I noticed (paid attention to) my kids and their screens this morning. I, like many, am challenged by what's acceptable for screen time in my home. Apple, Facebook and Google are just a few of the contenders for attention. Their business models are rooted deeply in this.
My post today is not so much about social media, as it is about what we spend our time on in a given day (given is a keyword here). We all have been given 1,440 minutes in each day.
Can you spare 3 minutes?
Sparing 3 minutes is a starting point. It's a starting point for you to discover how much a gift time is and maybe how much time you're wasting on the pursuits that, in the end, won't amount to much.
So what should you do with 3 minutes? Here's a suggestive list:
Take in nature. Right now, where I'm at, nature is sending a love letter to the senses.
Turn off the screens and do nothing.
Look at people and consider where they may be at.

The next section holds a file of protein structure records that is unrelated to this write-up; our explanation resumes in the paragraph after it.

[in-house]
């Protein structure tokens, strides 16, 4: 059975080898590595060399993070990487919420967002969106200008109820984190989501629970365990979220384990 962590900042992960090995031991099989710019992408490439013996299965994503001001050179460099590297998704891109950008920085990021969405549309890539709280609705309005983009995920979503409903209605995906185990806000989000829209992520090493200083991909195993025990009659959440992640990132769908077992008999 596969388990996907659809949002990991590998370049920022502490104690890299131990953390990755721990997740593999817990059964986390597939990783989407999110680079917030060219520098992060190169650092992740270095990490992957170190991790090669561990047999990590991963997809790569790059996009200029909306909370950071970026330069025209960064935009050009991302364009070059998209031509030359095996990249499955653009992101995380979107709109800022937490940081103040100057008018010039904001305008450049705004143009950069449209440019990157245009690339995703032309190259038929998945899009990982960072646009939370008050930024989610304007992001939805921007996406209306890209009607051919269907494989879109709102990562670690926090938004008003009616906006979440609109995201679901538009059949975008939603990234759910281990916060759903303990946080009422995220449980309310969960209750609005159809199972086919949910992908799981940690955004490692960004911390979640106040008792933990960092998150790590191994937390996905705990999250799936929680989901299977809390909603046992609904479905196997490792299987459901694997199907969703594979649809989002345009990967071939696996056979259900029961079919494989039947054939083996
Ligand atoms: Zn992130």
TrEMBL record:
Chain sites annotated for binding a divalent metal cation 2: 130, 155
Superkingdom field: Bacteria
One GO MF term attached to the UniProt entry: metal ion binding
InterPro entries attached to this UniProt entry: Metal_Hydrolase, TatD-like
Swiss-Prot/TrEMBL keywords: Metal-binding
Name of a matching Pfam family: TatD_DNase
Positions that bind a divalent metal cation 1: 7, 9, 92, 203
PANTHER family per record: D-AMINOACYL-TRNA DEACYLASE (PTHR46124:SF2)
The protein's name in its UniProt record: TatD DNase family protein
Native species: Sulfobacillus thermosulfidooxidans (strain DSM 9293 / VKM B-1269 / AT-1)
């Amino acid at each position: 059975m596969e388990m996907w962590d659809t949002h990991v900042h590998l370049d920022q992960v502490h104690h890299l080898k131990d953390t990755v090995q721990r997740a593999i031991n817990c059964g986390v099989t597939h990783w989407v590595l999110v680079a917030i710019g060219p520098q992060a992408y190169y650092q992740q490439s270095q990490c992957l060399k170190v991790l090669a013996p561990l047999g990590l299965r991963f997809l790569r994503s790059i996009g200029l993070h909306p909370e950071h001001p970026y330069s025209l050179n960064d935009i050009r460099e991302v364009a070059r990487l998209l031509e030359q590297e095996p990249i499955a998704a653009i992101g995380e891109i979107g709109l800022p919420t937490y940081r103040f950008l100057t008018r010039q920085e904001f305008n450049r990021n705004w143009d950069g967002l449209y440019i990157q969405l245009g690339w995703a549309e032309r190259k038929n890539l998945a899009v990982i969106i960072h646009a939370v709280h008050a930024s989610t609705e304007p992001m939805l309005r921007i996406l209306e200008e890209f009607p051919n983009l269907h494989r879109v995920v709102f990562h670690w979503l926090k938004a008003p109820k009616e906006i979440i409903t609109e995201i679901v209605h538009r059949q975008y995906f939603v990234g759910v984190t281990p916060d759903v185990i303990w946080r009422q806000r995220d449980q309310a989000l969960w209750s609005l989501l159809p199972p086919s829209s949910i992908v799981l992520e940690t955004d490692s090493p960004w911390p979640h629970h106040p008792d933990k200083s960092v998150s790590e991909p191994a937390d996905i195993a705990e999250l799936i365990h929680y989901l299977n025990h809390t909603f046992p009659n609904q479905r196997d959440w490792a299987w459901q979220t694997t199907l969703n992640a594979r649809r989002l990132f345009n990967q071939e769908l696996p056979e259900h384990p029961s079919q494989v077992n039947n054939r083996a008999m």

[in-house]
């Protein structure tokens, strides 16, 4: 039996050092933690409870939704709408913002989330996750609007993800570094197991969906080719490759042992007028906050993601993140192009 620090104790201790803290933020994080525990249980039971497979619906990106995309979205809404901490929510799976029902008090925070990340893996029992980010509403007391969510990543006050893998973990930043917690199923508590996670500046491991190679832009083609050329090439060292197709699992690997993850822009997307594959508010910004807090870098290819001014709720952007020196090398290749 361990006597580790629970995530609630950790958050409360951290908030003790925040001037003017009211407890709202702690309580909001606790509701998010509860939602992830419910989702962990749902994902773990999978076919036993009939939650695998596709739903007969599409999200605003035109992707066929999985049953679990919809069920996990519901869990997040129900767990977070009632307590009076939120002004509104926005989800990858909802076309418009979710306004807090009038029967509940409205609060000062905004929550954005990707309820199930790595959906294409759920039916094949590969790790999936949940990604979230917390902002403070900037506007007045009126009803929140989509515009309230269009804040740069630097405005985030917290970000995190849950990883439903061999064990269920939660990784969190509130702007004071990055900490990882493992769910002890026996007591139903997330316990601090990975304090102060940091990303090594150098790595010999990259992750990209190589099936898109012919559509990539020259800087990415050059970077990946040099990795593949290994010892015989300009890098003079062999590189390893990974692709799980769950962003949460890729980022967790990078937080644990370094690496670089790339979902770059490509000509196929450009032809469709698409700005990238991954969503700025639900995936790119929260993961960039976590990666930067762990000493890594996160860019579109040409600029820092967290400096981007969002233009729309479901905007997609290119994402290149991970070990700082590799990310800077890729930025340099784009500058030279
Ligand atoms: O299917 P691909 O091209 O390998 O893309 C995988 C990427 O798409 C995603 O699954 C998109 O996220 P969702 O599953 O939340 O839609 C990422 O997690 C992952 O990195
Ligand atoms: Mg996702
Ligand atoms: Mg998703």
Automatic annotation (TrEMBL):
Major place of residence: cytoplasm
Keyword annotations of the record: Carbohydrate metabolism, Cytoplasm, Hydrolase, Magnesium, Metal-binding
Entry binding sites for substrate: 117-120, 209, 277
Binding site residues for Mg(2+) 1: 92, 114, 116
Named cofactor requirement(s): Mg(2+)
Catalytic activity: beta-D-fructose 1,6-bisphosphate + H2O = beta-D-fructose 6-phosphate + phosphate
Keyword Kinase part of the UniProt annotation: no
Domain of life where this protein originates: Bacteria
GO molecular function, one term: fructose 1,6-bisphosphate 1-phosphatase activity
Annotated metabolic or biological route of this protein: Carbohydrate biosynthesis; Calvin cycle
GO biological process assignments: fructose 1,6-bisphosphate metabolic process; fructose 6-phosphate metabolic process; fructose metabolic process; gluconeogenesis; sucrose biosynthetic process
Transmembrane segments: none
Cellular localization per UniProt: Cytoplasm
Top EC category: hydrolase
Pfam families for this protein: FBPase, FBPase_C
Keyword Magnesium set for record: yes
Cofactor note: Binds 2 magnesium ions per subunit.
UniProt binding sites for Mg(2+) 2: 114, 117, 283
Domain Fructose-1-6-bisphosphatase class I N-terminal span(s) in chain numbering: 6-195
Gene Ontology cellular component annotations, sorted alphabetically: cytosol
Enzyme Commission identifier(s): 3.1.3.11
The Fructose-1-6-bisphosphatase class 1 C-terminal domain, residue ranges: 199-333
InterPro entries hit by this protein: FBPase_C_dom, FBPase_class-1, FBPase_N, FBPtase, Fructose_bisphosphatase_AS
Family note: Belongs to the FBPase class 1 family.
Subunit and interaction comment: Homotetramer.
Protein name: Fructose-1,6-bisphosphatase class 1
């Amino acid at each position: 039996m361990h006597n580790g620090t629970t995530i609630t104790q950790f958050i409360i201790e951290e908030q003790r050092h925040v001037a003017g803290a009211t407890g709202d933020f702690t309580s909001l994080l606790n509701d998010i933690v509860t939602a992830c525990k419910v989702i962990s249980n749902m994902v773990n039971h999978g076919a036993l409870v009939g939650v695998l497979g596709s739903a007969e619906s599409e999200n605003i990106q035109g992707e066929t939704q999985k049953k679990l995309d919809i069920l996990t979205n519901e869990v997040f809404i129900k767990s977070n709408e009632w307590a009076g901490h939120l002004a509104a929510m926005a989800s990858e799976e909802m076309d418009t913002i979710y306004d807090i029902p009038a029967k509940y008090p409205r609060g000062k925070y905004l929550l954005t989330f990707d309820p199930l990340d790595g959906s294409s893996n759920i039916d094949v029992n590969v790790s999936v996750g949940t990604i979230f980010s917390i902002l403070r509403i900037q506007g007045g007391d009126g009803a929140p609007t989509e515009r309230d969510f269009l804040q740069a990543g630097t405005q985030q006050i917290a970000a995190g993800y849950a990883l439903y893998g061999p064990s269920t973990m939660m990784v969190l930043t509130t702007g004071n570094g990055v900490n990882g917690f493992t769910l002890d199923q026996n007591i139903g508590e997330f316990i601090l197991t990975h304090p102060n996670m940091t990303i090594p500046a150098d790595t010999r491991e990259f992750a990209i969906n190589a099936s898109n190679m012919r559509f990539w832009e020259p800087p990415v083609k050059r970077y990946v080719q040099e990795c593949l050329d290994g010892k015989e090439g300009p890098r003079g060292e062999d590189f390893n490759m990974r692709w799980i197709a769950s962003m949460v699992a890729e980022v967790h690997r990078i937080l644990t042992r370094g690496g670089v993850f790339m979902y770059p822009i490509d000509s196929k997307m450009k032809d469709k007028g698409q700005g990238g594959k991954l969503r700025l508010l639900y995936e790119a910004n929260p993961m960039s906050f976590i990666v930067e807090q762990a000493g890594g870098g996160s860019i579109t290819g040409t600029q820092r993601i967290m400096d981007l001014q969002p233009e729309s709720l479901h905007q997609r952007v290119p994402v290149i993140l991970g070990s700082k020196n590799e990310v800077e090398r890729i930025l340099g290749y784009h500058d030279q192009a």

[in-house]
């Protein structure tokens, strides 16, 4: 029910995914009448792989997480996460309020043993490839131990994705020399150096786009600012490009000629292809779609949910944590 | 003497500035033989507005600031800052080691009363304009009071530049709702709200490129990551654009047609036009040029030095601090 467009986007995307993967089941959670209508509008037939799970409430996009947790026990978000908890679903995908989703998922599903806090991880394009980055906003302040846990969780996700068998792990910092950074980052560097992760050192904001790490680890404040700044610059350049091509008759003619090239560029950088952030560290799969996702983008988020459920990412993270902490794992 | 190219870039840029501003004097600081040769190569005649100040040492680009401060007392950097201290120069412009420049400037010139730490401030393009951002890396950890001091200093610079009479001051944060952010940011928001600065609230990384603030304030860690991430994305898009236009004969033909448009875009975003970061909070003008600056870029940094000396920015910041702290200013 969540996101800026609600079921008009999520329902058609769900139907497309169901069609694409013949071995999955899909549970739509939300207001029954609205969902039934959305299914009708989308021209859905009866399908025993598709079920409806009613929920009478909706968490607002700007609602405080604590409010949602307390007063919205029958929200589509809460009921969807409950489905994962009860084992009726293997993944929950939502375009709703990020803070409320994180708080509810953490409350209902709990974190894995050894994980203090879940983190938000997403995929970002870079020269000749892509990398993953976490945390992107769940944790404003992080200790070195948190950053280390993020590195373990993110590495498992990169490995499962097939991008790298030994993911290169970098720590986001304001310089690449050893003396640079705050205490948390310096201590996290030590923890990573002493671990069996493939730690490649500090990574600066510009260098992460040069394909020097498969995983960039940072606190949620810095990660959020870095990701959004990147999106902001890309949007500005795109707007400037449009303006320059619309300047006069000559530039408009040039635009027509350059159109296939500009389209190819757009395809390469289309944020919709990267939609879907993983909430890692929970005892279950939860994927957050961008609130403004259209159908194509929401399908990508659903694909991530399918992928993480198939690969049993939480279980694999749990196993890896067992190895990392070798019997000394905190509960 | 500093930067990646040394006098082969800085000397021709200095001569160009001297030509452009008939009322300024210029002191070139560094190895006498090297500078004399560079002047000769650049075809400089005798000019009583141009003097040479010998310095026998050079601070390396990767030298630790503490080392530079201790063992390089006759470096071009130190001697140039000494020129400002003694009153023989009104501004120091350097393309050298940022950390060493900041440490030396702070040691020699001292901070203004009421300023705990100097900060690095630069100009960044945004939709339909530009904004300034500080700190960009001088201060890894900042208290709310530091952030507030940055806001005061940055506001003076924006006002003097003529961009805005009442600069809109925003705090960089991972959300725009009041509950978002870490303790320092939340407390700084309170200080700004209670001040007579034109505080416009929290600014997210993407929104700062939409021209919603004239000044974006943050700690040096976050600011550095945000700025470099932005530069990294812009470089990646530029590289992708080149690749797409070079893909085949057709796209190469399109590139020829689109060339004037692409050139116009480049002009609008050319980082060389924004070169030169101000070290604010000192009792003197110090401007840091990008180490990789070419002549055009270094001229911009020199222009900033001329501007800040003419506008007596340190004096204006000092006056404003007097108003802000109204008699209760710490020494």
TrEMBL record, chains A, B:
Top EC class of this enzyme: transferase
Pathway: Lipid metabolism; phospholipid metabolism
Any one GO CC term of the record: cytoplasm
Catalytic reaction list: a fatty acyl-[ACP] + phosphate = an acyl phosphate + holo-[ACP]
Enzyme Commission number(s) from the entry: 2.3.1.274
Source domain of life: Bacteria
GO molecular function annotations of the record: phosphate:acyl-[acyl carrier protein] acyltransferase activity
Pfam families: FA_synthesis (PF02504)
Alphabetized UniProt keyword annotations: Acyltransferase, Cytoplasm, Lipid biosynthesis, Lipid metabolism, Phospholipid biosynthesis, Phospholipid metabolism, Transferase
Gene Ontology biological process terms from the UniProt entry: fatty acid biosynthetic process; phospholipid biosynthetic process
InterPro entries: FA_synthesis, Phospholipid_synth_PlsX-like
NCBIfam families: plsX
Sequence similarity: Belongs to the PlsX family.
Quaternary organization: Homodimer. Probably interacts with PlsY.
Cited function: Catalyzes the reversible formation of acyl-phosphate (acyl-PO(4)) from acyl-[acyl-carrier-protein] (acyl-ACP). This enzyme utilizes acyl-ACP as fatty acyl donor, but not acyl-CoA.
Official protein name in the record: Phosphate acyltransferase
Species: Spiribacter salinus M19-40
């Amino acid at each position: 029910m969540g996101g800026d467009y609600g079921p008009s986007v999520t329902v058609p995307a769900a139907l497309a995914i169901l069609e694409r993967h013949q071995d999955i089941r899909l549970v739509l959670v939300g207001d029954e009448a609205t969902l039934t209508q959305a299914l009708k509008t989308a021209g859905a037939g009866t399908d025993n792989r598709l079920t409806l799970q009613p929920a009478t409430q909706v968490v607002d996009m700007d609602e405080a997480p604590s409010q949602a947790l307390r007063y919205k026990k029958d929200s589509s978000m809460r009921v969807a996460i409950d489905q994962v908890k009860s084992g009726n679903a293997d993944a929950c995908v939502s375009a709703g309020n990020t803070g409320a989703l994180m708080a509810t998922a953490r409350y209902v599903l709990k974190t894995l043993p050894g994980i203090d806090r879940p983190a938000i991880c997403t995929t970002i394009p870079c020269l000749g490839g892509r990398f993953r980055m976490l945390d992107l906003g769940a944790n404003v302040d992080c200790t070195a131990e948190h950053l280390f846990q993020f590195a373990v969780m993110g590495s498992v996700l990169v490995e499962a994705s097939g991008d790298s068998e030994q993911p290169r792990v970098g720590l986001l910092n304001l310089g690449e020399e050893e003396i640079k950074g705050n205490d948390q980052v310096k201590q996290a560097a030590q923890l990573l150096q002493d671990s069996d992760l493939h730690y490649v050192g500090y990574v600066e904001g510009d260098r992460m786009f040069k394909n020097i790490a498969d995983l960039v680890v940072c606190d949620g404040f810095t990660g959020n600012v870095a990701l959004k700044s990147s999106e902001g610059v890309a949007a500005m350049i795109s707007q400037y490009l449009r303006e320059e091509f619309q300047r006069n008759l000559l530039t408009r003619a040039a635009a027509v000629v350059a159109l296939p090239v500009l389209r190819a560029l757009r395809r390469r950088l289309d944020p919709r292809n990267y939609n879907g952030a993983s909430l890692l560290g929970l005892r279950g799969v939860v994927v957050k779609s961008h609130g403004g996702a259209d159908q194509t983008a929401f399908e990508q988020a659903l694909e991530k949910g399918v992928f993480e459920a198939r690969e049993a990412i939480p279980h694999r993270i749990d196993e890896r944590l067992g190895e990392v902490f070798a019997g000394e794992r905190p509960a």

Count all that is going right in your life.
Tell someone you love them-on purpose.
Now go do this every day. You'll still have 1,437 minutes leftover. Who knows, maybe that 3 minutes you spared will grow.
I'm doing more and more everyday to keep things real with everyone I encounter. This is significant because I'm a recovering actor.
We don't need anymore actors.
Keeping things real now is not such a chore for me now. Occasionally, I'll have an adviser alert me if my writing or speaking is sounding too "corportese" or "suit-like." Nothing against the corporate soldiers, it's just people have enough of that coming at them already.